City government planning efforts over coming years — including in relation to Amazon and Virginia Tech coming to National Landing — focus on neighborhoods in the "Growth Crescent."
“The affordability challenges we have in this city are among our greatest, and if we have the option to be exploring new tools to address that, … we would really want to.” —Planning Commissioner Stephen Koenig
City staff are soliciting feedback this month from the Planning Commission and City Council on a long-range planning program, which will inform the city manager’s FY 2020 budget proposal.
Every year the city’s department of planning and zoning puts forward the Interdepartmental Long-Range Planning Work Program, which prioritizes city planning efforts, especially as they relate to land use. The FY 2020 draft describes and sequences 69 projects, plans, studies and policy initiatives through FY 2021. These items cross departmental boundaries — especially between planning and zoning, transportation and environmental services, parks and recreation and housing.
“This is probably one of the most important items we hear all year, because it really does specify where the priorities are going to be in terms of placing an emphasis on planning activities,” said Nathan Macek, the Planning Commission’s vice chair, at their meeting on Thursday, Jan. 3.
The FY 2020 draft highlights priority efforts under four headings:
Amazon HQ2 & Virginia Tech Innovation Campus: includes updating plans for Oakville Triable, North Potomac Yard, Del Ray and Arlandria, in preparation for Amazon and Virginia Tech to Crystal City and Alexandria;
Equity & Affordable Housing: includes studying the potential for inclusionary zoning (flat rate affordability requirements for new development) and accessory dwelling unit (“granny flat”) policies;
Mobility Initiatives: includes optimizing the city’s bus system, updating the city’s Transportation Master Plan (chapters on streets, traffic management and parking), and installing “smart” transportation tech, such as adaptive traffic signals;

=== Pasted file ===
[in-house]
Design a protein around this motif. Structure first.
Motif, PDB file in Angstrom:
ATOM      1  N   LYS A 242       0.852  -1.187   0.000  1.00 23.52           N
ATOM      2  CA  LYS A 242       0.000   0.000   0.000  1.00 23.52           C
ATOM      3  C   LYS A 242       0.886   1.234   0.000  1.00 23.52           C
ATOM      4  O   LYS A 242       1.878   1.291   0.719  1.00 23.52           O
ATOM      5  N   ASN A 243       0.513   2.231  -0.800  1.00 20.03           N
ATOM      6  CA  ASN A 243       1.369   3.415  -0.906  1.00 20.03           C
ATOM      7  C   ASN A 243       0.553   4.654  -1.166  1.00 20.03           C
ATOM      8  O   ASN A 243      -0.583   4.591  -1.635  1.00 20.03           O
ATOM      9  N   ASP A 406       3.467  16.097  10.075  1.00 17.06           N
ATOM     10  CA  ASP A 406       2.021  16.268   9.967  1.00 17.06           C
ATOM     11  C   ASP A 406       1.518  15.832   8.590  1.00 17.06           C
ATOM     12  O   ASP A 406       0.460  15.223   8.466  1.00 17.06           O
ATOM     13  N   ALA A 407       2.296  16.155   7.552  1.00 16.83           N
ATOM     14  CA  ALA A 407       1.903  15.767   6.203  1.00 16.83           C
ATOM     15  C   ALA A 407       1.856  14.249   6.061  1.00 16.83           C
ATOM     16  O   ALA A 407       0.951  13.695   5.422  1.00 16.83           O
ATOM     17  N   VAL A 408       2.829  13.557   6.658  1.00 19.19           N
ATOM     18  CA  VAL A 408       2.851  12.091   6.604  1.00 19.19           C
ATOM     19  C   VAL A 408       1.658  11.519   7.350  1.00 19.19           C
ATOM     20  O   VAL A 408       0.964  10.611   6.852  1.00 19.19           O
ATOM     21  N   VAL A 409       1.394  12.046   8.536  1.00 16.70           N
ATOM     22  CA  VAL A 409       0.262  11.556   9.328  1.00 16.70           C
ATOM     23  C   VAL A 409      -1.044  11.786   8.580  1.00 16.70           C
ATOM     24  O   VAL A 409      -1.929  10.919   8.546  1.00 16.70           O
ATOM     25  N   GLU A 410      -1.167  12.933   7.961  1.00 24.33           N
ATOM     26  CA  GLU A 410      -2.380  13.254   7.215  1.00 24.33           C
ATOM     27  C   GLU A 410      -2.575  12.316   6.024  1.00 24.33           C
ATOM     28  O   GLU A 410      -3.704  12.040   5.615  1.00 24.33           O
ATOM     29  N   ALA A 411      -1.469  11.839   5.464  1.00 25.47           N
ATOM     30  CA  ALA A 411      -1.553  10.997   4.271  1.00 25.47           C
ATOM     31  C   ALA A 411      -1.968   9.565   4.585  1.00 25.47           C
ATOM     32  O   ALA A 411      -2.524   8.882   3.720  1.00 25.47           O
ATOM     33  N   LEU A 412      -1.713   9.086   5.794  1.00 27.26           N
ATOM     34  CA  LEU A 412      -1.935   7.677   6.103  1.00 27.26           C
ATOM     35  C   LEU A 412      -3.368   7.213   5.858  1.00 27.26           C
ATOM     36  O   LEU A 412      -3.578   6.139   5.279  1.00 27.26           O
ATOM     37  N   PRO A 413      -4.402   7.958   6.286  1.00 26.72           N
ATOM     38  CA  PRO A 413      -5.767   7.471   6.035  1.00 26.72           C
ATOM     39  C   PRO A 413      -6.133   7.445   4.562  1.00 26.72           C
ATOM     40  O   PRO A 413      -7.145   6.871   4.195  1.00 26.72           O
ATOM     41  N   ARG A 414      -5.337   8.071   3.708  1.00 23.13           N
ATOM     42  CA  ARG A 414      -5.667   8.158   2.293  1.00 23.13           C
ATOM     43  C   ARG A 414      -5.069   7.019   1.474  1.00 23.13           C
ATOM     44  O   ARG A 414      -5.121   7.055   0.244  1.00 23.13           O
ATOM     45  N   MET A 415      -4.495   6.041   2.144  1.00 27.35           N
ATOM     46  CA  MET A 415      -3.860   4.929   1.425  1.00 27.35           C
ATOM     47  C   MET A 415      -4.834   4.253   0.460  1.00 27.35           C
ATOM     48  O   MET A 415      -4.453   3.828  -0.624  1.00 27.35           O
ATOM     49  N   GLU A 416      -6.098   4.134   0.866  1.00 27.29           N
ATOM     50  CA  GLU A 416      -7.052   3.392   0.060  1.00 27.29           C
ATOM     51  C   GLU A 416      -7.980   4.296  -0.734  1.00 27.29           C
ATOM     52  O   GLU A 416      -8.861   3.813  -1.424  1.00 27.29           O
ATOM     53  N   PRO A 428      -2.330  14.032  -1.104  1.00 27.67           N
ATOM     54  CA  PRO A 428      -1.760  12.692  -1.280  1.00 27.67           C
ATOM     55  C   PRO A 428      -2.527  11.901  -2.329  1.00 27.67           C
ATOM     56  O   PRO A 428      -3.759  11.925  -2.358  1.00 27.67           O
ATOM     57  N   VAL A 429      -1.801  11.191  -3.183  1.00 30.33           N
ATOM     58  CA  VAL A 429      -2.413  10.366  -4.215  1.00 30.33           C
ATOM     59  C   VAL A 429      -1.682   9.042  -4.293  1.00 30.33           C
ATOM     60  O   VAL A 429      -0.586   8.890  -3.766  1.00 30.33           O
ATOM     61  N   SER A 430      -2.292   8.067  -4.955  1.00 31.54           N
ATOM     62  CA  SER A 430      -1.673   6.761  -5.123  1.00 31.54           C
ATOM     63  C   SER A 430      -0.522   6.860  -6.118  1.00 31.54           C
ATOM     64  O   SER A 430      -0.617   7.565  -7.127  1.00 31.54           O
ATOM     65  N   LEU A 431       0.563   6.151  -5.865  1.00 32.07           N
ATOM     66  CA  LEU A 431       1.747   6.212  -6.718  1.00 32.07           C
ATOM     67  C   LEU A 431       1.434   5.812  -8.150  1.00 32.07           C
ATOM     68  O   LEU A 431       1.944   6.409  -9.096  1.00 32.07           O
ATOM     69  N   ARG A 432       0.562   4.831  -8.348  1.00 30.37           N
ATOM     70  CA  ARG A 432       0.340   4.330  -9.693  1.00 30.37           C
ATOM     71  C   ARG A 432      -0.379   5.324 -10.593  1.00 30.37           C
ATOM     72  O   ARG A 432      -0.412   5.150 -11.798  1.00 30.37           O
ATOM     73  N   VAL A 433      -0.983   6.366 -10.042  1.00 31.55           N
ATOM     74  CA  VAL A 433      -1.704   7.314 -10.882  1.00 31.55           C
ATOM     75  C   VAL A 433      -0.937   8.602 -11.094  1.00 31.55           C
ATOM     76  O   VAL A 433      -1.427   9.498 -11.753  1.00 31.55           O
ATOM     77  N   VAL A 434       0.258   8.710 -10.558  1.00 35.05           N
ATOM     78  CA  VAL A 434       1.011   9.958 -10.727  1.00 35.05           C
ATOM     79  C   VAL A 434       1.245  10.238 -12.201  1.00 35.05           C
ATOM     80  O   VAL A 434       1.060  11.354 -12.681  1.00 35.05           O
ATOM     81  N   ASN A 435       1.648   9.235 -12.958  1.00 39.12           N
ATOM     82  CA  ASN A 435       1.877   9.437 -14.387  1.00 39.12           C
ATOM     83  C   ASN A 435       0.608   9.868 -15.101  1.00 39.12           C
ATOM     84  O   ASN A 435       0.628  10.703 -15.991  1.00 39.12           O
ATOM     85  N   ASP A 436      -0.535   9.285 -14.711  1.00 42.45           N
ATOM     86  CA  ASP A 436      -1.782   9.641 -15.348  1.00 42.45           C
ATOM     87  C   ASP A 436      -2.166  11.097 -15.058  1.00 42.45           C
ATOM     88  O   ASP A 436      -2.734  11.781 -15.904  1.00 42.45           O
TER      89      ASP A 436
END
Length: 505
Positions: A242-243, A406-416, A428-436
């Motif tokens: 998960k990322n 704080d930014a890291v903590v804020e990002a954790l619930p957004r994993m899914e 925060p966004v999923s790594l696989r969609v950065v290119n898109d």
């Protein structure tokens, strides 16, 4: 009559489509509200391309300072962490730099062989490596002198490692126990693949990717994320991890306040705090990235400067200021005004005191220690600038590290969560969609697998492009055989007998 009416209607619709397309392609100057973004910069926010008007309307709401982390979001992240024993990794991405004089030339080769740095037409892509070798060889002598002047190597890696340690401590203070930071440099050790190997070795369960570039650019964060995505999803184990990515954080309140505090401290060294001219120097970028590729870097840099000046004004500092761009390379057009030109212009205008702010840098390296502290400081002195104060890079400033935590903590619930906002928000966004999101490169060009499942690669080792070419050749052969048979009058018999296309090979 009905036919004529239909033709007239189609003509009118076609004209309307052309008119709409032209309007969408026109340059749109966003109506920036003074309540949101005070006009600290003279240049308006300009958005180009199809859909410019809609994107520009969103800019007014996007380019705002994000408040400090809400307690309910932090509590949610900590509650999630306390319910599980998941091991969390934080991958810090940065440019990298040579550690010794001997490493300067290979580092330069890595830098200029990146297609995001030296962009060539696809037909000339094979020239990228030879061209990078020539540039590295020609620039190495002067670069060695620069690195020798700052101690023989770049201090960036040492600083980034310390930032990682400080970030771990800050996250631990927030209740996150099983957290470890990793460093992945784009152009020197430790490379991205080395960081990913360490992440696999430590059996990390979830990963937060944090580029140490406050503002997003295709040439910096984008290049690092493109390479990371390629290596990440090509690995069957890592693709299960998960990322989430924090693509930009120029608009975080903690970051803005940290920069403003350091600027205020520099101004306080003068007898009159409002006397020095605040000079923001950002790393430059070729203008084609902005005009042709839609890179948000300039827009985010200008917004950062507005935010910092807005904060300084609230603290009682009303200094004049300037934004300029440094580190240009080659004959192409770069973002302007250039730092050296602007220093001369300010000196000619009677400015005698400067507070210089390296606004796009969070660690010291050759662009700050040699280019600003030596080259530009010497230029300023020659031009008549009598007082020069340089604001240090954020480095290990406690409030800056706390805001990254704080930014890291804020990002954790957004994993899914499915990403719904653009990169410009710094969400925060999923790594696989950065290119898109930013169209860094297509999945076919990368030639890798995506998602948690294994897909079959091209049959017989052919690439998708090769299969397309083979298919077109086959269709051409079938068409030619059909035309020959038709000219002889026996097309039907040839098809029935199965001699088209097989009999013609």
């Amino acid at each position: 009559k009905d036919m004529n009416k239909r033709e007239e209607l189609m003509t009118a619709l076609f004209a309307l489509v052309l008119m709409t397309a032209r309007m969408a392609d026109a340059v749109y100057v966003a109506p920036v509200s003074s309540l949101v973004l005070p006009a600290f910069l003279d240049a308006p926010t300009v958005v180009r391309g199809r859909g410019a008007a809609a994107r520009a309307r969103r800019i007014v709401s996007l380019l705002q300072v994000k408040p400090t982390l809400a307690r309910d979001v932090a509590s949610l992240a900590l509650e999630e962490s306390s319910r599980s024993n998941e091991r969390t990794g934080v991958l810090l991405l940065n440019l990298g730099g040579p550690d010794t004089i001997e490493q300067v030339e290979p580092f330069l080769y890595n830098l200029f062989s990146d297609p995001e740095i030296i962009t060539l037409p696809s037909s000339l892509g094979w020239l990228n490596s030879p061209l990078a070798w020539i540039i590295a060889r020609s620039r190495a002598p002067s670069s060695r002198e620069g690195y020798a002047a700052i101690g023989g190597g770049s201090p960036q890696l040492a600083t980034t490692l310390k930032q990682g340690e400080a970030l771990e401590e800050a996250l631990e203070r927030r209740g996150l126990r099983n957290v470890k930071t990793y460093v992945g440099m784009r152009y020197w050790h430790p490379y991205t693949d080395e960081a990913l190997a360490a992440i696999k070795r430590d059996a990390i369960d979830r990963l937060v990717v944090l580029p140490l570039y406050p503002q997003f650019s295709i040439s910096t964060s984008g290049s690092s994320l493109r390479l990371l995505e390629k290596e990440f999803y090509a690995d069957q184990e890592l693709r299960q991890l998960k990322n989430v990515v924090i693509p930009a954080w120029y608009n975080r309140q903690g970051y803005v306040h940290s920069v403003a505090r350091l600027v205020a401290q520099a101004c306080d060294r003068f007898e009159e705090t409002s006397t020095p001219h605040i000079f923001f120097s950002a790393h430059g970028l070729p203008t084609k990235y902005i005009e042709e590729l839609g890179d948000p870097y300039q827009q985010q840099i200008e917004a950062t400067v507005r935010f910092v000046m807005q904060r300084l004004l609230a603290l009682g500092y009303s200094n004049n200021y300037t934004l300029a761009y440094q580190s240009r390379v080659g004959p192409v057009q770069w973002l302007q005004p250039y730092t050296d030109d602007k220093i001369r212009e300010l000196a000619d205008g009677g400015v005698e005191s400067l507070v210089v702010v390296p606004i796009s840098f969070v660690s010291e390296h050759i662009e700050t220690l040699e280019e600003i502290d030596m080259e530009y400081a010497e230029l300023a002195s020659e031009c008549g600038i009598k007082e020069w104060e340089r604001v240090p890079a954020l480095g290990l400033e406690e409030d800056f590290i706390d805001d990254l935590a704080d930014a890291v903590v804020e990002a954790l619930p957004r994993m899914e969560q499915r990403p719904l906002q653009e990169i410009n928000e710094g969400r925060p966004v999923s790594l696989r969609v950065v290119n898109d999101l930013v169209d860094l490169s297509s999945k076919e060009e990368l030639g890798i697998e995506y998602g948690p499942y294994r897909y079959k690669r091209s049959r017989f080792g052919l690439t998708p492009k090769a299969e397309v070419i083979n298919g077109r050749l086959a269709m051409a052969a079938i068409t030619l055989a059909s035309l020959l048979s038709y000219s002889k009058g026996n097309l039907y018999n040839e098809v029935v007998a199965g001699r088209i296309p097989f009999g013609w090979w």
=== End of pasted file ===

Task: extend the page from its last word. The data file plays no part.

Continuation of transit corridor & growth crescent planning: includes planning for development near Metro stations and dedicated bus lanes, especially as pending on Duke Street.
Other major efforts include Landmark Mall re-planning, slated for a public hearing in April; revising Resolution 830 (public housing preservation and tenant relocation), the Environmental Action Plan and Green Building Policy, all slated for public hearings in June; revising zoning requirements for open space in new development, slated for a public hearing next winter; and the Joint City-Schools Facilities Master Plan, which would aim to align and potentially consolidate where feasible the two bodies’ public facilities investments, slated for a public hearing in the fall of 2020.
Certain efforts would require new funding — $800,000 in total — in what the draft cautions is “a very fiscally challenging budget environment.” It’s too early to predict which initiatives would likely make the FY 2020 budget cut, according to planning and zoning’s Karl Moritz. City Manager Mark Jinks is reviewing all city departments’ budget submissions. The Planning Commission’s and council’s input this month on the draft long-range program will inform Jinks’ prioritization in his forthcoming budget proposal, said Moritz.
Discussion at last Thursday’s Planning Commission meeting touched repeatedly on the issue of housing affordability. Related feasibility studies in the FY 2020 draft are among those that would require new money.
“There is a lot of interest in whether or not there is a constrained supply of approvable, buildable housing units in the region, compared to the number of jobs that are expected. The planning directors and housing directors throughout the region are studying that right now through the Council of Governments,” a regional body, said Moritz.
The metropolitan area must add 690,000 housing units — 115,000 over what’s currently assumed — by 2040 to accommodate workers for forecasted new jobs, according to Council of Government figures release last fall. For its part, Alexandria would have to add some 35,000 new units — around 50 percent more than its current supply.
While housing supply for jobs “is a distinctly different question than the supply of housing affordability” specifically, “supply constraints can drive up the cost, and that’s a negative,” said Moritz.
“The affordability challenges we have in this city are among our greatest, and if we have the option to be exploring new tools to address that, … we would really want to,” said Planning Commissioner Stephen Koenig.
“I’m particularly concerned about Arlandria,” said outgoing Planning Commission Chair Mary Lyman. “Now that it has Amazon looming over it, that concern is increased. It has been a nice little nest of affordable housing in the city. … It also adds to the city’s diversity. It’s got a real bit of ethnic flavor to it that you don’t find in other parts of the city, and I think it would be a shame if it got overdeveloped and gentrified.”
City Council will discuss the draft long-range program at a retreat tentatively scheduled for Saturday, Jan. 26. Council will consider the final work program for approval in May. Find more at www.alexandriava.gov/Planning.